• “I’ll just take off my vest.” Indeed, there are several layers that you can pull off and let go. You have the choice.

So what you shouldn’t do is, “I scored a home run at work” if your audience isn’t into baseball.

Exercise – In practice

In the next activity, meeting or context in which you become involved, you will use a metaphor that can be derived from an object, feeling or sound in that situation.

For example:

  • There is some fruit on the table during a meeting: “If we follow through with the plan, we can reap the benefits later”, picking up the fruit.
  • There are still sandwiches from lunch. “We can reap much-needed results later.”
  • During a coaching session with a client who wants more self-confidence, there is a knock on the door: “And while you relax even more, you know that self-confidence is at the door”.

From now on, take every opportunity to use a metaphor based on the context you are currently dealing with.

Exercise – Using a metaphor to provide insight to another

You can give this exercise as a gift to another person. You can also do it for an organization.

  1. Let someone else tell you about his / her problematic situation.
  2. Explore the problem and encourage the other to create a metaphor for this situation. Help by saying, for example, “If your problem was a vehicle , what vehicle would it be?” Think of a category other than vehicle yourself. That’s just an example. Or: “What can you compare the problem to?” Or fill in: ‘So the problem feels like a … (by filling in the other)?’
  3. While staying within the chosen metaphor, you aim for possible solutions. How do you get from the current situation to the desired situation in the metaphor?
  4. Ask the other person how he / she experienced working with the metaphor.
  5. Tip: have someone watch and give you feedback: what did you do to steer the metaphor, how did you ensure that you stay within the metaphor and what was the effect on the other? Otherwise, take the third perception position to give yourself feedback and set a goal for the next time you start working with metaphors.

Exercise – Using a metaphor to give someone feedback

Giving feedback is a wonderful gift and is essential for growth. Give feedback to someone else by, in addition to using the feedback model , give feedback on the basis of a metaphor. In the metaphor you process the current situation, the desired situation, the positive intention and the road to the desired situation. You come up with the metaphor and then you tell it as a story to the other.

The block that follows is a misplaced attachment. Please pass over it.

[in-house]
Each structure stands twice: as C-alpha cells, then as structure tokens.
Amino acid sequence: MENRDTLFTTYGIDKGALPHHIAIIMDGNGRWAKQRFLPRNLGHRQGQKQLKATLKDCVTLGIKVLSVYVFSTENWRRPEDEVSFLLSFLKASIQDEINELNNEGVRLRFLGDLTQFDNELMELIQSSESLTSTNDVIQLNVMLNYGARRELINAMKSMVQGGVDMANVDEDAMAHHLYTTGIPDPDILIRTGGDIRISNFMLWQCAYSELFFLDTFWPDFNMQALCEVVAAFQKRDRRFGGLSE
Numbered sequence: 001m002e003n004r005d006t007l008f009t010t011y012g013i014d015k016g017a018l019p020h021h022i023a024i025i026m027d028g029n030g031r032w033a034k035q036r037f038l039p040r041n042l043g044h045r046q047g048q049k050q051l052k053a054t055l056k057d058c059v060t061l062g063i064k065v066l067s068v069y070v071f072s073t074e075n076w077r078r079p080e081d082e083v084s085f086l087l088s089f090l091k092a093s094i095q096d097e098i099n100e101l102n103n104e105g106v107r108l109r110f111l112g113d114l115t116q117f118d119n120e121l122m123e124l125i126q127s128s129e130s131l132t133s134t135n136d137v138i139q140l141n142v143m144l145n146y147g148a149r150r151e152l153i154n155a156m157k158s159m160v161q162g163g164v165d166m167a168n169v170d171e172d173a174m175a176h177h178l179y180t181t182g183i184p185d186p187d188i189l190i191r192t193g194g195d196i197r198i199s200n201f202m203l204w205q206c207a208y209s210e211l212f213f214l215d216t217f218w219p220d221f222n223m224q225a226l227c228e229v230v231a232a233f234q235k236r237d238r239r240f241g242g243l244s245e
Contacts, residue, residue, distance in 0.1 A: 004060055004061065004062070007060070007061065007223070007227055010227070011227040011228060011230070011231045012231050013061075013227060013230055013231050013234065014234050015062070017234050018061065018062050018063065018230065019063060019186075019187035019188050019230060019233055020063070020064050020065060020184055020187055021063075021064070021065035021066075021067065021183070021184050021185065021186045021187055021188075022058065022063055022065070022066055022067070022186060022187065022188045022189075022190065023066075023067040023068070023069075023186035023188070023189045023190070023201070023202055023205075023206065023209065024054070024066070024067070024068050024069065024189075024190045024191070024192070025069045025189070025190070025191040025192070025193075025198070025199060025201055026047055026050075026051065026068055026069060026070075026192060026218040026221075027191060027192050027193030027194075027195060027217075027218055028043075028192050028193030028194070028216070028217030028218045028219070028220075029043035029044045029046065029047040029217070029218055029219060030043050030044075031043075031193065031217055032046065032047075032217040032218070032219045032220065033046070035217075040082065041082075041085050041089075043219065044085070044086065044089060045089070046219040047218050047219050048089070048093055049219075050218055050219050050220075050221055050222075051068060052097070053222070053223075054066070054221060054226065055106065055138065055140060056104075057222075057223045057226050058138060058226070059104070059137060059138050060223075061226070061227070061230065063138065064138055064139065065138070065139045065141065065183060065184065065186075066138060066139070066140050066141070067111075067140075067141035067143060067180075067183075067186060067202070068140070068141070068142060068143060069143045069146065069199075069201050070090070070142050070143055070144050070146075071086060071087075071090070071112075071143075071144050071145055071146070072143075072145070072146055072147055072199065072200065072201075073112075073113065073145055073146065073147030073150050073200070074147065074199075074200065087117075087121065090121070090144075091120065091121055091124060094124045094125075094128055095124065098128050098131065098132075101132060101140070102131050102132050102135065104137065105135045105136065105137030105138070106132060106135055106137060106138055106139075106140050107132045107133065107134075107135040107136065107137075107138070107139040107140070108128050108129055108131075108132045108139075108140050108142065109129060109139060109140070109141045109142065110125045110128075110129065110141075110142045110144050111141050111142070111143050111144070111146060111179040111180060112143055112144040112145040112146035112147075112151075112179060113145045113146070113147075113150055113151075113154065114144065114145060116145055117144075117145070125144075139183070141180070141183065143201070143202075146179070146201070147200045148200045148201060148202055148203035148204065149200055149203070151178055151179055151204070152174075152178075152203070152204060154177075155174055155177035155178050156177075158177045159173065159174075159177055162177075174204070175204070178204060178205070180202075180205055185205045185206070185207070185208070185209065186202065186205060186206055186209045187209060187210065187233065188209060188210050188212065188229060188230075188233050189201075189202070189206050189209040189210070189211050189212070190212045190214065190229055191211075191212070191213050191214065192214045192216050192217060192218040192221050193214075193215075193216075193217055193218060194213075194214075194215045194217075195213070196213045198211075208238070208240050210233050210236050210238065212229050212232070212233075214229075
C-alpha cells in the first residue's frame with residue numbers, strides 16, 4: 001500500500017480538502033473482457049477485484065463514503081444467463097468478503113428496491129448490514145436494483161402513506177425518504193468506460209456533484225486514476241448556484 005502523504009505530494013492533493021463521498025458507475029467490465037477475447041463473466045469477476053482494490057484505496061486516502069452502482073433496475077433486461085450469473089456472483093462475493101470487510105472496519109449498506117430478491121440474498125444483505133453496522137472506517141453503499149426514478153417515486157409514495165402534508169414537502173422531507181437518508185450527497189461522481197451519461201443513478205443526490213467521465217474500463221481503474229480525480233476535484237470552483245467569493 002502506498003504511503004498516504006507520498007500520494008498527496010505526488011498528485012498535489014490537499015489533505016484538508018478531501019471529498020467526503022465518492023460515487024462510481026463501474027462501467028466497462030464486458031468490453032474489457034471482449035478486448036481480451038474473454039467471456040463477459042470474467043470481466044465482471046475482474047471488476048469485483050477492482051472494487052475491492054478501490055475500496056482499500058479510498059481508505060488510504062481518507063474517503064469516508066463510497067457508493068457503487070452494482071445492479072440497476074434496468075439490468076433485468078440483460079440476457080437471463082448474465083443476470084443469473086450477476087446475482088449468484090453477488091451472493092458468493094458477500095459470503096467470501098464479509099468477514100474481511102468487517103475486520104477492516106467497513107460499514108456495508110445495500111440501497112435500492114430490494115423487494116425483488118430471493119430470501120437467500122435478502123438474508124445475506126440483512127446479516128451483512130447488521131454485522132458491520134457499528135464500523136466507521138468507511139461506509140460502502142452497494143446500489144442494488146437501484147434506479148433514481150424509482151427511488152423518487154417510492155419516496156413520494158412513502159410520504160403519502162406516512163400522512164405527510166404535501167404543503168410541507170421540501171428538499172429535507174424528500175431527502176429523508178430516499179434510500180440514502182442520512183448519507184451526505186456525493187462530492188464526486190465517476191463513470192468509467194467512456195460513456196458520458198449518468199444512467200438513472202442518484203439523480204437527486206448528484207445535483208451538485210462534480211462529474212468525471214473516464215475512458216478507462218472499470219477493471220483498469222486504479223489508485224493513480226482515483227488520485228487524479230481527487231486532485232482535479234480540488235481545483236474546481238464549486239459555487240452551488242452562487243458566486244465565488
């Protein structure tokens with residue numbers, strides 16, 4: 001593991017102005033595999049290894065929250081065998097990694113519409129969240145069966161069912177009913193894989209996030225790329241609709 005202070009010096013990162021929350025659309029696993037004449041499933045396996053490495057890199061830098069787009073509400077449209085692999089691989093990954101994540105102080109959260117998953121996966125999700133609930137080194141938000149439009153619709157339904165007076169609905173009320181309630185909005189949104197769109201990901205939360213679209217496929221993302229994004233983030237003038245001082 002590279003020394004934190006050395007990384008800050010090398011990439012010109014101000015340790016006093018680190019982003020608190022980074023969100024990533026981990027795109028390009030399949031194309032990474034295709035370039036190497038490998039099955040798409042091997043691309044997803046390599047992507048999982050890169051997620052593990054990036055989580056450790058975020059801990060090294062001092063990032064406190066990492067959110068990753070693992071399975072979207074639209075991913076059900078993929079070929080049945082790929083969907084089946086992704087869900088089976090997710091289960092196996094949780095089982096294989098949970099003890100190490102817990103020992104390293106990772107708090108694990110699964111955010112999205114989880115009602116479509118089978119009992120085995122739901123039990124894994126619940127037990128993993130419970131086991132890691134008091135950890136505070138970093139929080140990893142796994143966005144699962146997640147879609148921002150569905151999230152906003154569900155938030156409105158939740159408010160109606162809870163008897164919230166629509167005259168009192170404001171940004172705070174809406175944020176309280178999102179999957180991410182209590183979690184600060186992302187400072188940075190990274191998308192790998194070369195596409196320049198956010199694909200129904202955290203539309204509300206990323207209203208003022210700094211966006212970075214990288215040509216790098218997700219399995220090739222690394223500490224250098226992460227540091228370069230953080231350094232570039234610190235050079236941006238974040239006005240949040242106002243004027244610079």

In any case, books are a very good source of inspiration for metaphors. Here you will find an overview with top 10 book lists. To your success!

About The Author


Hello! Thanks for reading these articles. My intention is to make happiness as simple and clear as posssible. By the way, excuse my English. I am not a native English speaker since I live in Amsterdam. Much appreciated if you use the comments to make suggestions on my grammar. See ya in another blogpost!


  1. L. Panahi

    Thank you Rubin! This is a fantastic and very useful guide!

  2. Rian

    Super tips for making a metaphor. But I have to make one for a fellow student. She is extremely perfectionist and can never relinquish control. As a result, she prepares herself extremely for everything. Afterwards she can barely enjoy the achieved success, because a next appointment is lurking again. She suffers from it and is exhausted. I would like to be helped.

    • Rubin Alaie

      I think aloud for a moment.

      You may be able to create three stories, one is a parallel reality about perfectionism, the second story is a parallel reality about relinquishing control, and the third story is a parallel reality about being able to enjoy successes without necessarily going back get started right away with another appointment.

      You start all three stories without closing them. So they always go up to 80% for the end before moving on to the next story. Here you deal with the current situation and the associated pain, emotions and challenges.

      After you are at 80% of Story 3, you suddenly name the resources in a hypnotic way: you give them as Hypnotic suggestions. With your language you can do that in a way that makes it seem that you are addressing the main characters of the stories, but ‘secretly’ you are giving suggestions to your listener.

      You then end Story 3 using the resources, then end Story 2 using the resources, and then Story 1.

      Then divert attention from the story so that the suggestions can act unconsciously.

  3. Diane

    Well, the fellow student I have to make a metaphor for has the same characteristics as mentioned above. For we must use an object to convey it. Right here I am stuck. Which object would suit these properties perfectly?

    • Rubin Alaie

      Okay, these are the properties: